"And like I said I was already passed that so I didn’t see exactly where he came from, but he was about where you were and I said 'I don’t have a problem,' and I went to go grab my cell phone but my, I left it in a different pocket, and I looked down in my pants pocket and he said 'You got a problem now.' And then he was here and he punched me in the face," said Zimmerman in the video.

After firing, Zimmerman said thought he missed.
 
"He sat up and said, `You got me. You got me, or something like that,"' Zimmerman said.
 
Zimmerman said Martin had been on top of him, slamming his head against the ground and smothering his mouth and nose with his hand and arm. The tape shows two butterfly bandages on the back of Zimmerman's head and another on his nose. There are red marks on the front of his head.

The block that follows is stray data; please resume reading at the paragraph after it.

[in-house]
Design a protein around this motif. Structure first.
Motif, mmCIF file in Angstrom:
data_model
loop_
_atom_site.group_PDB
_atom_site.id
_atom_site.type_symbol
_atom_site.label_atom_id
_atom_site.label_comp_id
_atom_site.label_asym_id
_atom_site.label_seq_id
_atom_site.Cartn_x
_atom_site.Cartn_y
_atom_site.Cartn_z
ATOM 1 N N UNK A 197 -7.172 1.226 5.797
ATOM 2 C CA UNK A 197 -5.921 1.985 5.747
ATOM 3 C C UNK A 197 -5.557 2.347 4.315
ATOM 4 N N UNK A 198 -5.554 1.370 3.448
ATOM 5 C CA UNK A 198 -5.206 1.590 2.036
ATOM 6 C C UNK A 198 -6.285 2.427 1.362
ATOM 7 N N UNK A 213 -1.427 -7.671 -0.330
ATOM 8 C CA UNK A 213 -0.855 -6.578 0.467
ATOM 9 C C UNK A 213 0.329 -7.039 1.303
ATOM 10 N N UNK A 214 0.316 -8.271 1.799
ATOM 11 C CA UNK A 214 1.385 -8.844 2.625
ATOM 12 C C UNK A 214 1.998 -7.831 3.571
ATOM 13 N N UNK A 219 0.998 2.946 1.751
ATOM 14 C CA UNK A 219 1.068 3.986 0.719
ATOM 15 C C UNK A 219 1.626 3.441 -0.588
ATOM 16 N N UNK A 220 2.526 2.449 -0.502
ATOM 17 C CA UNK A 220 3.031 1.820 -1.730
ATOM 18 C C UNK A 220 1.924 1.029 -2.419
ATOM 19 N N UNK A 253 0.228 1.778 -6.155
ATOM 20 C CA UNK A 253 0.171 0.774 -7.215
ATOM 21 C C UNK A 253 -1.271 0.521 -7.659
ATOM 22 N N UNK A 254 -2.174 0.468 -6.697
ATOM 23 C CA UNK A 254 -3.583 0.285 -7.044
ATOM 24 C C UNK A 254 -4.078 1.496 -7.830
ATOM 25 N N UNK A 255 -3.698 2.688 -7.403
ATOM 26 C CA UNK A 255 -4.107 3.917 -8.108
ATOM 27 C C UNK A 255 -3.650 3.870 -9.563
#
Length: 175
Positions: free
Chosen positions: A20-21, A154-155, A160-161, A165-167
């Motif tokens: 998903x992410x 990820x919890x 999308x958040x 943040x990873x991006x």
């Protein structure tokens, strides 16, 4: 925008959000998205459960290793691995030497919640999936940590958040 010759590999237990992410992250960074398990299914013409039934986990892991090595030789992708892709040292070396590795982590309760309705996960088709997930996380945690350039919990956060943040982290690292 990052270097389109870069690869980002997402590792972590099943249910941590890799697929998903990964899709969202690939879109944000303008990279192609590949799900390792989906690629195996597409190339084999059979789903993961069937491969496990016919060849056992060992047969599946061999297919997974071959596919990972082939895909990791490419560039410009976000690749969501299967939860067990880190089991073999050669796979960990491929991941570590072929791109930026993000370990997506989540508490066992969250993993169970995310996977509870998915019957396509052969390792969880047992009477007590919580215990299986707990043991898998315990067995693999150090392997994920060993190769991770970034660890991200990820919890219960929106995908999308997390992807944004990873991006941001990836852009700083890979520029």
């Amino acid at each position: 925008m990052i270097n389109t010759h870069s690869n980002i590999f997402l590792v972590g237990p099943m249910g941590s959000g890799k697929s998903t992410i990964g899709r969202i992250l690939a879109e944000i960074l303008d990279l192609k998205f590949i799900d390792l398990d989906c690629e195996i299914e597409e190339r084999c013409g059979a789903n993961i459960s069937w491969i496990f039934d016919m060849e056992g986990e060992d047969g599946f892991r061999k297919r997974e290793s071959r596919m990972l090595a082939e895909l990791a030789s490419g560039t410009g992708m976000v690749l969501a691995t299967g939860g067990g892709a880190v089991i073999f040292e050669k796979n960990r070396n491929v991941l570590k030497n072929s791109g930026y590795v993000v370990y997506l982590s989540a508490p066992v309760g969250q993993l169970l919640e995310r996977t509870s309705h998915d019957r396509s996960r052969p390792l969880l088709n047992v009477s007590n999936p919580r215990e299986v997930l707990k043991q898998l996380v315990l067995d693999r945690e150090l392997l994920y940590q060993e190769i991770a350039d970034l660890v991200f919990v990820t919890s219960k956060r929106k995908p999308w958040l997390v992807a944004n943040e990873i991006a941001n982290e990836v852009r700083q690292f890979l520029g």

"It felt like my head was going to explode," he said.
 
In one of the audio recordings, a detective tells Zimmerman three days after the shooting, that Martin was a "good kid, mild-mannered kid" and asks Zimmerman to explain some inconsistencies, such as why he doesn't have bruises on his body or broken ribs. The two dozen punches Zimmerman claims he took are "not quiet consistent with your injuries," detective Chris Sereno tells him.

Zimmerman claims he shot the teen in self-defense, under Florida's "Stand Your Ground" law.